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EPA ozone rule costly, duplicative, unnecessary

Soon, the U.S. Environmental Protection Agency’s proposed ozone rule is expected to go into effect. It stands to be the costliest regulation in history, imposing new standards that are overly burdensome, technically unattainable and deficiently demonstrative of providing any environmental or public health benefits. 

Unfortunately, this administration has chosen to ignore the ramifications of this rule while promoting an increasingly radical environmental agenda. The argument in favor of this – and a growing number of new polices – builds upon a deceptive premise, one that implies the protection of our environment is incompatible with fostering the growth of our energy and manufacturing sectors.  

{mosads}This is a false choice. States and industry have already demonstrated the ability to balance environmental stewardship and promote the economic growth these industries have provided.    

Recent data has shown that the adherence to current regulations – both state and federal – and to industry best practices, is already working to reduce ozone while still allowing for economic growth. The EPA’s own data indicates that U.S. ozone precursor emissions have been cut in half since 1980, reducing ozone in the air by 33 percent. 

This new ozone rule, proposed last year as part of the Administration’s climate agenda, will revise the EPA’s National Ambient Air Quality Standards (NAAQS) from the current standard of 75 parts per billion to a level between 65-70. 

As counties across the country are investing billions of dollars to meet the current NAAQS standards – those introduced in 2008 – the EPA is now on the verge of implementing standards so stringent that 2,110 counties – 67 percent of the country -would fail them. Without allowing sufficient time for counties to implement these requirements – the Agency only issued guidance to states on implementation this year – the EPA has effectively moved the goalposts in the middle of the game. As counties fail to meet attainment, they would be subjected to costly regulatory restrictions and compliance requirements. This creates uncertainty that will stifle future investments in counties that the Agency designates in “non-attainment”.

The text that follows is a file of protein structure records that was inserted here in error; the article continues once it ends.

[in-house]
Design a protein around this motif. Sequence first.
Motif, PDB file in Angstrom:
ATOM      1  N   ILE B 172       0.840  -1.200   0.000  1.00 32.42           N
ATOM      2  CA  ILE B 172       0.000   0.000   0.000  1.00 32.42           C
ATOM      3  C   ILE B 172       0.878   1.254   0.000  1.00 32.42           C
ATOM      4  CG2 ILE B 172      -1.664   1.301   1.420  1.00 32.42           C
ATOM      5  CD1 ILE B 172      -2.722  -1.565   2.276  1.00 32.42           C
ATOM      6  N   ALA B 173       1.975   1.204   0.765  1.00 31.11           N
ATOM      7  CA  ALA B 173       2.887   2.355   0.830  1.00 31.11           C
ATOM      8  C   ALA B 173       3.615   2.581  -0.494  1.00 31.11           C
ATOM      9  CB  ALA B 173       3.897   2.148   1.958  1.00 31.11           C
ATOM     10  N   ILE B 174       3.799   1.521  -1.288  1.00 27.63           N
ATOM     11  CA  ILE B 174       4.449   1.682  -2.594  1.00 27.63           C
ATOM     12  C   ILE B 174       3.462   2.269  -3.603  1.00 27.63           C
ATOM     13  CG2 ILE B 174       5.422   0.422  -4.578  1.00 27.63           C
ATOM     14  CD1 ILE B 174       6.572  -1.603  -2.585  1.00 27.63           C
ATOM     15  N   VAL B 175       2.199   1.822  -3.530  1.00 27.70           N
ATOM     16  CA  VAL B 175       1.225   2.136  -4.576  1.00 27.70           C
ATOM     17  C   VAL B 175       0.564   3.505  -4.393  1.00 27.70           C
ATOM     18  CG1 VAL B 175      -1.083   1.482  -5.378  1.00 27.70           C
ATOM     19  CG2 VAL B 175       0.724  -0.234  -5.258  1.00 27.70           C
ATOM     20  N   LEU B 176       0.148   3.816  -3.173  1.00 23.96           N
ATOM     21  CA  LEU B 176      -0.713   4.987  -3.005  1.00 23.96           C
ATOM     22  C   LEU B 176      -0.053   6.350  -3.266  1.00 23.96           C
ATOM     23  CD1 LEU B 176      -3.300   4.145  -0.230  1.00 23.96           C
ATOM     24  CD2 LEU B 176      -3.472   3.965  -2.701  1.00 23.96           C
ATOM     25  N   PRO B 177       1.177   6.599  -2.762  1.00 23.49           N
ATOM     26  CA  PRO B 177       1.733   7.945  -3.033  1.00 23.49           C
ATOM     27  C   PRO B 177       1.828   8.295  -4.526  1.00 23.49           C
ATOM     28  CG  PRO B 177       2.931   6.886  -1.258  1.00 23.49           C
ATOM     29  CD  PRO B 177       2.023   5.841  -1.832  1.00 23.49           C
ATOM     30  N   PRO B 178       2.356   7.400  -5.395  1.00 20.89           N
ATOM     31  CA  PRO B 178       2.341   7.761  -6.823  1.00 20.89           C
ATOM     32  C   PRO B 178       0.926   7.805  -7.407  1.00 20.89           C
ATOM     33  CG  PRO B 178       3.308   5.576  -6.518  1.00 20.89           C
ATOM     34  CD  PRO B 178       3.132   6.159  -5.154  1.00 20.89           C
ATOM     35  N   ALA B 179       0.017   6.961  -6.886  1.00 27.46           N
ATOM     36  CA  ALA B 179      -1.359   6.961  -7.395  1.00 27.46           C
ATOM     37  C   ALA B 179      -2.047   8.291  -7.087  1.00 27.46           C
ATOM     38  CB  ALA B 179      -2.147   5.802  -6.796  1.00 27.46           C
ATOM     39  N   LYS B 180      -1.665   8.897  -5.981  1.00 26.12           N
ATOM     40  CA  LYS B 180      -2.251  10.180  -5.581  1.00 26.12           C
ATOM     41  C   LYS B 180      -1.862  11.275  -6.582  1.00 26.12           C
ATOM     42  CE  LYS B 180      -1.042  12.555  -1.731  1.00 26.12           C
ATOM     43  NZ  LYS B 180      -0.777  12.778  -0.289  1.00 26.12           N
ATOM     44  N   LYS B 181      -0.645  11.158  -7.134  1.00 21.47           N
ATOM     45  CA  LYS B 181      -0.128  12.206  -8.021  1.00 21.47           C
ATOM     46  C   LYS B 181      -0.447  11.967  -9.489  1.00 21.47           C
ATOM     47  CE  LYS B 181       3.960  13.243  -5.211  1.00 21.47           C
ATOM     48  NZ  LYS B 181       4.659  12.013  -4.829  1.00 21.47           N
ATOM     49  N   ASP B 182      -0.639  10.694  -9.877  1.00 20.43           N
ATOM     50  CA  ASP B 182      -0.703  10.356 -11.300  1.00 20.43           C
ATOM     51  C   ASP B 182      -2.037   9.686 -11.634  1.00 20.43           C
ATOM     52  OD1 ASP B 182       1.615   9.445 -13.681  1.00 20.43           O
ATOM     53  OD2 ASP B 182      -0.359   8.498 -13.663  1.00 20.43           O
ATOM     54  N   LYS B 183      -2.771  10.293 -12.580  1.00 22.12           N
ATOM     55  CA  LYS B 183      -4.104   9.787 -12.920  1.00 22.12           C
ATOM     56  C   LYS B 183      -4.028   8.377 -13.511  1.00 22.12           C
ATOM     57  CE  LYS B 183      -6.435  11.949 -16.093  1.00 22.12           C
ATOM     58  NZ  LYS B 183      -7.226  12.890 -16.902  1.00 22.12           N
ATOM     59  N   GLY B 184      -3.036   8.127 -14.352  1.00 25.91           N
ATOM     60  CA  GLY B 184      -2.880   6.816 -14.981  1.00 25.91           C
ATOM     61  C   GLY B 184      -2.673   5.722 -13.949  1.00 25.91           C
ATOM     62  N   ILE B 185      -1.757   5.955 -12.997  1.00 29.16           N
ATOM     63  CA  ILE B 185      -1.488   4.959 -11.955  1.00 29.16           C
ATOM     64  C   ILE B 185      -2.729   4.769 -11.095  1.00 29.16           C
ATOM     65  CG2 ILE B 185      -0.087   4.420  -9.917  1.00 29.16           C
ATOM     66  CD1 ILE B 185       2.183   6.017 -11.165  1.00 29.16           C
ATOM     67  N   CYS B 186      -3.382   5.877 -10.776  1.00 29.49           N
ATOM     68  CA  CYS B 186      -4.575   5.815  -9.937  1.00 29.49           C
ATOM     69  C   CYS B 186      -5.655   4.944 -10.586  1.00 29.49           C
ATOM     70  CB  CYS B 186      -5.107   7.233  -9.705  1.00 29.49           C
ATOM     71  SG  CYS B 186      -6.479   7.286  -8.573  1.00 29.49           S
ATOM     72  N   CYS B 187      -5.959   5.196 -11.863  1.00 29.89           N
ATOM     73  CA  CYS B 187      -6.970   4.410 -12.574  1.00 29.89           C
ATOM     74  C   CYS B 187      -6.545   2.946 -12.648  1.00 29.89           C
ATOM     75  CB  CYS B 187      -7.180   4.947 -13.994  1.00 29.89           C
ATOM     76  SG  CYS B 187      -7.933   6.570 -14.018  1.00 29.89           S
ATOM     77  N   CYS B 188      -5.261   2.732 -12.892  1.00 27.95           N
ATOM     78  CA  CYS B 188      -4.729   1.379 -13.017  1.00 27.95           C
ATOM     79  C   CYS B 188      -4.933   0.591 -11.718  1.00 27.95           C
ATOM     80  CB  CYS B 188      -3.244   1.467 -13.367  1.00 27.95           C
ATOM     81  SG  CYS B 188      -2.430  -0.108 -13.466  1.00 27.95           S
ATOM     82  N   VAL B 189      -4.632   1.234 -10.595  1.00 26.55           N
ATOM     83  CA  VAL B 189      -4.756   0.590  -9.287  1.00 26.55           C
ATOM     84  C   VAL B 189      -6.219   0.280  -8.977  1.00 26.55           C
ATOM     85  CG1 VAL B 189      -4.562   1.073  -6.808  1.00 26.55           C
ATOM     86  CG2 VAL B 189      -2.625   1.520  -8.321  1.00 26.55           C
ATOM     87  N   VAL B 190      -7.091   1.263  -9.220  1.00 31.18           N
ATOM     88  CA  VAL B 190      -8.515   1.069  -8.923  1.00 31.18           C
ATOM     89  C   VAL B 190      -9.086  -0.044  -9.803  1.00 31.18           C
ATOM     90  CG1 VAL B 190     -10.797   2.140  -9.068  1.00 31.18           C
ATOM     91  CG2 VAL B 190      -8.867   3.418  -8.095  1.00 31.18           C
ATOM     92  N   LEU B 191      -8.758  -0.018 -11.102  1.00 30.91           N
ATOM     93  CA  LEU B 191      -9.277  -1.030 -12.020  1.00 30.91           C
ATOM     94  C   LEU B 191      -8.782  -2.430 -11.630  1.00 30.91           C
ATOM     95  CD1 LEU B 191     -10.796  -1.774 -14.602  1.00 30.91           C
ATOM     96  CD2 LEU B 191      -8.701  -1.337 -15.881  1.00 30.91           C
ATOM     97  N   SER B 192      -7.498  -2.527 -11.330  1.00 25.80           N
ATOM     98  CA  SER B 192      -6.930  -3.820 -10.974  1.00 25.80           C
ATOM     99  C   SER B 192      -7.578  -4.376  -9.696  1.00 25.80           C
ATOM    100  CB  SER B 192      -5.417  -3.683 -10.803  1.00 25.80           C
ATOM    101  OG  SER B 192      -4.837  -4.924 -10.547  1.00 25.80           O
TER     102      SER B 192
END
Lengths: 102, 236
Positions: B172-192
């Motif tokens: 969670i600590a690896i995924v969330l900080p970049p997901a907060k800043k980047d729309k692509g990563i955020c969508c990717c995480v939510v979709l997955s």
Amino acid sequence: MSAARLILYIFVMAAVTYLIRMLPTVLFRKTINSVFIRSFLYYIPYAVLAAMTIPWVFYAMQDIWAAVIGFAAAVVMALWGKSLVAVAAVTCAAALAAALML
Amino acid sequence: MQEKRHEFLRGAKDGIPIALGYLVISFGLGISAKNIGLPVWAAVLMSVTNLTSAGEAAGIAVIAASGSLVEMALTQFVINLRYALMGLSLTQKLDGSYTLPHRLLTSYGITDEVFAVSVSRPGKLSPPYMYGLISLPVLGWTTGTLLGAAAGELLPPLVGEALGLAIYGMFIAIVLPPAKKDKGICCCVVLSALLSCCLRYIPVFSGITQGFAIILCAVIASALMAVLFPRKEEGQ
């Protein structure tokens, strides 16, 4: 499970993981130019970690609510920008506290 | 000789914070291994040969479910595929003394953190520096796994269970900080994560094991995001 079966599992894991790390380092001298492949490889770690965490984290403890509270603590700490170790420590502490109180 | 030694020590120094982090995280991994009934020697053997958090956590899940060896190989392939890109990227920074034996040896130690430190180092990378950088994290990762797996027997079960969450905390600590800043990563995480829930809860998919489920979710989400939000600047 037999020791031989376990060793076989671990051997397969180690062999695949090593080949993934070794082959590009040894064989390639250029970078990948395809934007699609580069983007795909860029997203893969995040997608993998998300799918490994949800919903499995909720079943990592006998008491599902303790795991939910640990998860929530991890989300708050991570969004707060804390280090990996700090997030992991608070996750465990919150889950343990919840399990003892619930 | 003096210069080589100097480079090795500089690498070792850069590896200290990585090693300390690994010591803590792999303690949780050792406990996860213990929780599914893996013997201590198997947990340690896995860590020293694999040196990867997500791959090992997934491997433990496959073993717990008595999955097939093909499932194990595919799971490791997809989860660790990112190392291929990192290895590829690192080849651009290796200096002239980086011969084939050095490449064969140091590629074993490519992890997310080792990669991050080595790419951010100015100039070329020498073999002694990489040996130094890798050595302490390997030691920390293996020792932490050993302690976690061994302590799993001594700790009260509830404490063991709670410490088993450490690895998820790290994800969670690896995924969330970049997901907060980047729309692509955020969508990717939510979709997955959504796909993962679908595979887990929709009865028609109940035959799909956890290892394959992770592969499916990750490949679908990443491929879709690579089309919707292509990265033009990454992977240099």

The proposed levels are so low that some parts of the country could fall into nonattainment even if all human activity in the area were to cease.  Indeed, both the Yosemite and the Grand Canyon National Parks would be in violation of the EPA’s proposed rule. 

This rule would essentially create a nation of nonattainment areas. 

Since the rule was initially proposed last year, we have heard from experts in a range of fields and industries confirming even the possibility of this rule being implemented have proven detrimental to our workforce’s growth, and our economy as a whole.  

A recent study conducted on behalf of the National Association of Manufacturers projects that the EPA’s proposal could reduce the U.S. GDP by $140 billion annually, and eliminate 1.4 million job equivalents per year.  Overall compliance costs could exceed $1 trillion, making this proposal the most expensive regulation in U.S. history. The impact in my home state of Ohio would be especially significant, with projections of over 22,000 lost jobs and $22 billion in Gross State Product Loss from 2017 to 2040. 

I represent a district with about 60,000 manufacturing jobs. These hard working Americans in both small and large businesses should not be faced with the choice of complying with EPA regulations or staying in business.  

A recent poll showed 69 percent of Ohioans think a stricter ozone rule would make it harder for local businesses to start new operations or grow existing ones. This conclusion has also been reached by the manufacturing, energy, construction and transportation industries. 

The EPA, when proceeding with new regulations, must take into consideration what is actually achievable, and what would cause significant harm to our economy. Recognizing the great burden the ozone rule would place on business both large and small across the country, Rep. Pete Olson (R-TX) and I recently reintroduced the Clean Air, Strong Economies (CASE) Act, which would require the EPA to include feasibility and economic impact assessments when issuing major rules under the Clean Air Act. 

This bipartisan legislation would allow the agency to balance improving our air quality, while ensuring the process does the least harm to our economy. 

We all want clean air. We want to preserve the environment for our children and future generations. We also need to create the best environment for our businesses to prosper. Despite what the administration is purporting, we are already demonstrating the ability to do both: preserving our environment and growing our economy through best practices, and commonsense regulations. 

Latta has represented Ohio’s 5th Congressional District since 2007. He sits on the Energy and Commerce Committee.


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